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Preface and Acknowledgements

The sections from Aeneid 11 included in the present textbook will serve as two of the set texts for the OCR Latin AS- and A-Level specifications from 2019–2021. The part on Pallas (1–224) forms a unified whole; from the story of Camilla, the prescribed portion only includes significant bits: pieces of her aristeia and the aftermath of the death are not on the Latin syllabus (and are therefore not included in the present commentary), but are of course to be read in English. The recent commentaries on Aeneid 11 by Gransden (1991), Horsfall (2003), and Fratantuono (2009) facilitate engagement with this relatively neglected book of the poem and inform the present volume as well. As in earlier contributions to the Classical Textbook Series from Open Book Publishers, the following pages tend to summarize and cite (at length), rather than just refer to primary sources and pieces of secondary literature: for our primary audience a ‘see e.g.’ or a ‘cf.’ followed by a reference is at best tantalizing, but most likely just irritating. Unless otherwise indicated, translations of Greek and Latin texts are (based on) those in the Loeb Classical Library. Gestures to further readings (in particular in the Introduction) are not entirely absent, however, to render the commentary useful also for readers who have more time on their hands and can get access to scholarly literature, such as students wishing to do an EPQ.

The textbook tries to cater for various backgrounds: it contains detailed explication of grammar and syntax, bearing in mind students who study the text off-syllabus; and it endeavours to convey a flavour of Latin studies at undergraduate level for those who are thinking of pursuing classical studies at university. The commentary also tries to bring into view a feature of Virgil’s poetry that the drive towards lexicalized entries inherent in the genre often overlooks: the overall design — and the ‘building blocks’ — of larger textual units (here often illustrated through different mark-ups). Awareness of Virgil’s ‘Lego-poetics’ should enhance appreciation of his craftsmanship as a literary artist and the ‘architectural’ dimension of his verse- (and world-)making. In addition, we have introduced images alongside relevant texts in the expectation that the visual ‘commentary’ will generate lively intermedial discussion.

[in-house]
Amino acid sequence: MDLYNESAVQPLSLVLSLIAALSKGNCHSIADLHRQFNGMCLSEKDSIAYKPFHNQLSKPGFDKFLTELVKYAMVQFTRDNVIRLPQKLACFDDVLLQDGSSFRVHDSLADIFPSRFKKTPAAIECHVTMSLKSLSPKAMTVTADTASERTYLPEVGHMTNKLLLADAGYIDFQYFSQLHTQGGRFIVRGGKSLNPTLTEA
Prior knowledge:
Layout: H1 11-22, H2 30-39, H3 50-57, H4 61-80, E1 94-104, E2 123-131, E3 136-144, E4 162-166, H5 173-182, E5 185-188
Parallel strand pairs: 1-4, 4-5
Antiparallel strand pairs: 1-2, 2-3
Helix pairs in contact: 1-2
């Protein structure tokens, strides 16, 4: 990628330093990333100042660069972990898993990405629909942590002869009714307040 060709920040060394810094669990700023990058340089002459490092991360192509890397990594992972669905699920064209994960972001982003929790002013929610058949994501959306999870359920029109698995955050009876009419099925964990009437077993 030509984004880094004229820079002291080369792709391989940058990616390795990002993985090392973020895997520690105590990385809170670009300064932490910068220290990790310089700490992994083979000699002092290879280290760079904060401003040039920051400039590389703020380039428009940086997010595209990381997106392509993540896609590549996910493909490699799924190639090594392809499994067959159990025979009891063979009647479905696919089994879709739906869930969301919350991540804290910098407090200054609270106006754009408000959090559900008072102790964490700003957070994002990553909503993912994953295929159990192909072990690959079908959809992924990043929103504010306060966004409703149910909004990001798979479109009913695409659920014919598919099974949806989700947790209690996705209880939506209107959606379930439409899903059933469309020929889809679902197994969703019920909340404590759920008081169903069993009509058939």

The commentary is a joint venture, but it seemed helpful to mark some comments with the siglum JH, to be taken as the equivalent of what educationalists brand with the label S&C (= ‘Stretch & Challenge’). Like the series it belongs to, this volume would have been inconceivable without Open Book Publishers and their customary flexibility and speed, and we are profoundly grateful to Alessandra Tosi and her team.

Aeneid 11 immortalizes two victims of mors immatura, and the book is dedicated to the memory of a colleague whose death too was tragically premature.